On the many works of Kitty Horrorshow
This piece didn’t begin as what it eventually became. I had just finished Rain, House, Eternity and was attempting to outline my thoughts on paper, but the more I thought about it the more I realized that what I was writing was less a review of a particular game and more a discussion on its creator’s full body of work. For some time now Kitty Horrorshow has been freely releasing small, peculiar games to itch.io which taken on their own can seem largely inscrutable. The first game of her’s I played was Here Is Where I Carve My Heart, in which you traverse a floating pyramid to gather snippets of a poem. I couldn’t make heads or tails of it at the time and this first impression stuck with me, causing it to be some time before I would try one of Horrorshow’s games again.
After completing Rain though, everything began to make much more sense. It isn’t simply the fact that Rain is a larger, more complete experience that made it easier for me to understand and appreciate, but that I feel Kitty Horrorshow’s games can only properly be viewed in how they relate to one another.
It’s relatively uncommon for me that I am ever able to recognize a continuous creative voice and direction within the games of a particular developer. Sure, you can easily draw lines between the pieces of various games, their sequels, and contemporaries, but almost always the similarities are the result of repurposing a proven concept, rather than an attempt to refine and continue a creative vision. This isn’t surprising due to the number of people involved in making most games, and how more than any other medium they are cripplingly beholden to the whims of their audience, but it does make it harder to see games as complicated pieces of art rather than simply mass-produced ephemeral entertainment.
This is why I find the things independent developers such as Kitty Horrorshow are doing to be so exciting but also difficult to critique the same way I would most games. The way she builds her games is not simply untraditional, it requires a different way of thinking about how we view games and the people behind them.
To my knowledge none of Horrorshow’s games are directly connected to each other, but they are all inarguably hers. They’re unique onto themselves, but the way they’re structured, the tone, and the meaning within them feels persistent. There is always a structure (or several), in which something terrible has happened, and you have arrived alone too late to change anything. You see this in Here Is Where I Carve My Heart and Rain, House, Eternity, as will as in CHYRZA, Sunset Spirit Steel, Sigil Valley, Dust City, and even her Twine game Hornets.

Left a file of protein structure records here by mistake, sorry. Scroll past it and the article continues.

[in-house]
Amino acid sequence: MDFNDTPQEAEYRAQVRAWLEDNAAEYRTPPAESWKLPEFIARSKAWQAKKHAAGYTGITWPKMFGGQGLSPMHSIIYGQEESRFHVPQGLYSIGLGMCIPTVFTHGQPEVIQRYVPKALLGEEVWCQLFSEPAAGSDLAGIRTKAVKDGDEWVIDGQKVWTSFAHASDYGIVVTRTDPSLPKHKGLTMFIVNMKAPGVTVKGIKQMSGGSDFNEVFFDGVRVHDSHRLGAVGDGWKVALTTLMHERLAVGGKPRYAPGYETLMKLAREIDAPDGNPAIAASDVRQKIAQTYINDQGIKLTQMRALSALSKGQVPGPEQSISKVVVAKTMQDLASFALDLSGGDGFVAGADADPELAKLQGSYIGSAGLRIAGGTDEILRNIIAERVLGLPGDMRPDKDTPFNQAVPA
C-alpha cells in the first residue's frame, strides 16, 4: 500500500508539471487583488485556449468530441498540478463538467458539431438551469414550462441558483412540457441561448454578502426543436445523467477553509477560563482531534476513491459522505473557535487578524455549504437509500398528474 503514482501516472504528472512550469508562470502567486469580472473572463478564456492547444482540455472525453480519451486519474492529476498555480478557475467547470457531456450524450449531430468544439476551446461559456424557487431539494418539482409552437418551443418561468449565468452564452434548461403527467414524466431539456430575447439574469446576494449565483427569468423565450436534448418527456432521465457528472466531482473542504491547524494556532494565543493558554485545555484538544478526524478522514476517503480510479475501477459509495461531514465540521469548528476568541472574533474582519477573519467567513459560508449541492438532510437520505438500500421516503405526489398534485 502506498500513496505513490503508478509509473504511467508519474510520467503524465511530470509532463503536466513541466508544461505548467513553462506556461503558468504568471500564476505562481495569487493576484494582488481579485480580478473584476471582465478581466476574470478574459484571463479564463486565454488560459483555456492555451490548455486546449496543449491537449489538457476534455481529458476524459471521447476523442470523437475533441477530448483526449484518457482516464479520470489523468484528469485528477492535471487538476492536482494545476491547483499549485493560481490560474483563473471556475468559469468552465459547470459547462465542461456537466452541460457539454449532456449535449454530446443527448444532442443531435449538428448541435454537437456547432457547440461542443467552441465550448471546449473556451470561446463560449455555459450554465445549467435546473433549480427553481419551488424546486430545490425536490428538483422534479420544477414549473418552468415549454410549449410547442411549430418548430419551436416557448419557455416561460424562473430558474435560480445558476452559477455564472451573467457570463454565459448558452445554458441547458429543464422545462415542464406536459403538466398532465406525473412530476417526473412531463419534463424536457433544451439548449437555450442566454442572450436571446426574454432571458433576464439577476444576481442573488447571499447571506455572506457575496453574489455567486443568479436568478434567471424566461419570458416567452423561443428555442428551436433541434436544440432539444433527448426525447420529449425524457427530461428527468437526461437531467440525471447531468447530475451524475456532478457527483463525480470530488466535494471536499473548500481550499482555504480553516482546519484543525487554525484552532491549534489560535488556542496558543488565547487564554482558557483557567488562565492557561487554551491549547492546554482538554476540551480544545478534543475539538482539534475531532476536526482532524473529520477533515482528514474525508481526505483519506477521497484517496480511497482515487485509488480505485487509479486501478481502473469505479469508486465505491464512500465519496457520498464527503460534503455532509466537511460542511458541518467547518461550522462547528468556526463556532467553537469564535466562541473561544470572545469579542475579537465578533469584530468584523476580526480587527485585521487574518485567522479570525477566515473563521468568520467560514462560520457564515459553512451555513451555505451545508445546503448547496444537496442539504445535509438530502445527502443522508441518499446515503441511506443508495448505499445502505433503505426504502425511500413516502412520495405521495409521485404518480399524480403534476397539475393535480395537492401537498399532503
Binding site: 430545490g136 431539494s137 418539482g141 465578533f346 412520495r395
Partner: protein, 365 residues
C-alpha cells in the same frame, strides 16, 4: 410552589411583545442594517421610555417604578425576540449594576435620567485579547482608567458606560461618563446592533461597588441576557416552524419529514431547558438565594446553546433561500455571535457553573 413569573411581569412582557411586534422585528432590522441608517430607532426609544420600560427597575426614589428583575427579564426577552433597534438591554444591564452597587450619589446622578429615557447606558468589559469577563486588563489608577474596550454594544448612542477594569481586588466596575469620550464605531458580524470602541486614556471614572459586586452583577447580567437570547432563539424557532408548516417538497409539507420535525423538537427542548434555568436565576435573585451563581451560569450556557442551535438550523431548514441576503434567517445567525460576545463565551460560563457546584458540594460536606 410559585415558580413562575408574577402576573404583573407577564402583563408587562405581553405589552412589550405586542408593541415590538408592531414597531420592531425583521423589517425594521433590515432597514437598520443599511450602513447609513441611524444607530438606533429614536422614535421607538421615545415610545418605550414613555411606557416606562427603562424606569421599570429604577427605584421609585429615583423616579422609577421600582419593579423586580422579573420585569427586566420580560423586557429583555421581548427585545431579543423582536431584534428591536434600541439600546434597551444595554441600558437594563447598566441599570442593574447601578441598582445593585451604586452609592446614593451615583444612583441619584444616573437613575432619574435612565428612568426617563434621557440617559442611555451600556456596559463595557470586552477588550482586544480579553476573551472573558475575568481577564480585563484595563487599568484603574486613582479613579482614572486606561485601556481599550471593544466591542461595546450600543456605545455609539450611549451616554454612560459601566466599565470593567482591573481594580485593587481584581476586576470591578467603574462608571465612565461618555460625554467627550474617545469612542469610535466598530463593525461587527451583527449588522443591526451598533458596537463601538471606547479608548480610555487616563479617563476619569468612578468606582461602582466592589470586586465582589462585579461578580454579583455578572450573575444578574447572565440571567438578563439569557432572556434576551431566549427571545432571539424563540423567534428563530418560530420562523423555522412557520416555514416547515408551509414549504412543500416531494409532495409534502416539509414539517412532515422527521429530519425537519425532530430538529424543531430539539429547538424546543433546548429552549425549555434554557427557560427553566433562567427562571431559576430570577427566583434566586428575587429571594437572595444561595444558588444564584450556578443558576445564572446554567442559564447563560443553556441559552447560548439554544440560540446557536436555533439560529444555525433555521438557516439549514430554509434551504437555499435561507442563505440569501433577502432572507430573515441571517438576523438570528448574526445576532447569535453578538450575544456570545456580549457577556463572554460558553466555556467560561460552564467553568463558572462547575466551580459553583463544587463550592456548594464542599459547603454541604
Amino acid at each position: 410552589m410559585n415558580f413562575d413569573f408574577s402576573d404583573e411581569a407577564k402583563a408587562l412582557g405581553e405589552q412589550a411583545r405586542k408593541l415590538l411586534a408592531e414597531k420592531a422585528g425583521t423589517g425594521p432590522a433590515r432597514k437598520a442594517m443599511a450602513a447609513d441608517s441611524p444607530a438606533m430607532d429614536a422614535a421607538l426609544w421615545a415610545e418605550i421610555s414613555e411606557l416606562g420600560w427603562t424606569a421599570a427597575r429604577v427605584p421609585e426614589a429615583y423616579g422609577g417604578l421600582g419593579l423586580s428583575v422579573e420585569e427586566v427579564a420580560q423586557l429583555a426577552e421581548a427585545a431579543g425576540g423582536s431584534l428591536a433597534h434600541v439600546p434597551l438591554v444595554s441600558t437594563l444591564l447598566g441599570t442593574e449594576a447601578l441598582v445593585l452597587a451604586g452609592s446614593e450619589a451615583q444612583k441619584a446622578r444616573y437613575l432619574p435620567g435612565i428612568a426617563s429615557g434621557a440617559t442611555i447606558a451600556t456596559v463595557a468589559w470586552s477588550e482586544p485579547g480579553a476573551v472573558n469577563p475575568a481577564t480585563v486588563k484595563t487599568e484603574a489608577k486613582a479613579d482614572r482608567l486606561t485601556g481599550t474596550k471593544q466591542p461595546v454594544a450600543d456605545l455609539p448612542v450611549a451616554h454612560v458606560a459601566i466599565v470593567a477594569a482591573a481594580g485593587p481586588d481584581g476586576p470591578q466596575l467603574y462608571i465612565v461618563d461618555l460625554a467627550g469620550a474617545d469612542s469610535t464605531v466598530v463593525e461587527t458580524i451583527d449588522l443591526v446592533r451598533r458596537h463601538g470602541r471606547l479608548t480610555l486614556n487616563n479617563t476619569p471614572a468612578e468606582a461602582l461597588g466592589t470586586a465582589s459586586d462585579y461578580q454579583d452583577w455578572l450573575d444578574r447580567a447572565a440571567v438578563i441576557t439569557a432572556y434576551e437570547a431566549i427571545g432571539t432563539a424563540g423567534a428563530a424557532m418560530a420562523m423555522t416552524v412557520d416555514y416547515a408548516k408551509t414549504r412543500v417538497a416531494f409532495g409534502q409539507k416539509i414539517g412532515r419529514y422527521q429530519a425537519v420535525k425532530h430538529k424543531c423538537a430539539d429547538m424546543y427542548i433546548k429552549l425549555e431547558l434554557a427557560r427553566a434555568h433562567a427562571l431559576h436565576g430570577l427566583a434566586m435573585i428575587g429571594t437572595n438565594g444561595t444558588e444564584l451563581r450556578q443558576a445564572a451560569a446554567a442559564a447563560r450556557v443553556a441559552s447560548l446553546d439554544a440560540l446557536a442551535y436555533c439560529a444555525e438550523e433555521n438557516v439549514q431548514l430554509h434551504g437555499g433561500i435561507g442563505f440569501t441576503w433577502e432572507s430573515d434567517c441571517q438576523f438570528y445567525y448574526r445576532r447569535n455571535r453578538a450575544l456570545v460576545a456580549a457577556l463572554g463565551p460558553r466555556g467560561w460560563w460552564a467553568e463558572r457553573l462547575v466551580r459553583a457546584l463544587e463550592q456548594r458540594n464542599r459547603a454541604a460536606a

What strikes me about all of these though is not how they feel similar to one another, but that they seem to present an idea that Horrorshow has been continually attempting to realize, which connects her games creatively in a way rarely seen in the medium. This larger picture in which each individual game is a piece connected to another then provides a context to better appreciate how they have improved over time; how they’ve changed or not changed and how flaws can potentially be seen as a part of a unique and particular style.
I should be clear that this doesn’t mean I believe Horrorshow’s games to be perfect, but that after playing so many of them the things I find problematic seem far more intentional than is originally apparent. The sparseness of the worlds she creates feels like less of an excessive misuse of terrain, but an intended distance that gives greater meaning to what little does exist. The scattered narratives overtime can begin to make sense as symbolism is repeated and clarified throughout different games, often centering around a feeling of helplessness within a world that wishes to control you. My first impression to this leaned toward inscrutable pretentiousness, but the persistence with which so many things reappear throughout Horrorshow’s body of work causes it to feel far more genuine and affecting.
While I don’t believe every game or developer would benefit from this style of game design and experimentation, it’s fascinating to me to see a developer who has created such a distinct creative language utilizing it in such a way as to intrinsically link her entire body of work (which is becoming impressively expansive). Where so often games can feel anonymous and attempt to differentiate themselves from what has been done before (often to minimal success), Horrorshow demonstrates how games can benefit from the sort of auteurship and extended conceptualization common in film, novels, and music but is surprisingly uncommon in gmaes. Where other games attempt to render each other obsolete and force you to move on to the newest release, Horrorshow’s work feels as if it depends on the continued existence of every piece and how they enrich each other. It's rare that I've ever seen games be retroactively improved by the release of new ones, yet I find myself appreciating Horrorshow's work more and more as her gallery of strange and intriguing worlds to explore continues to grow.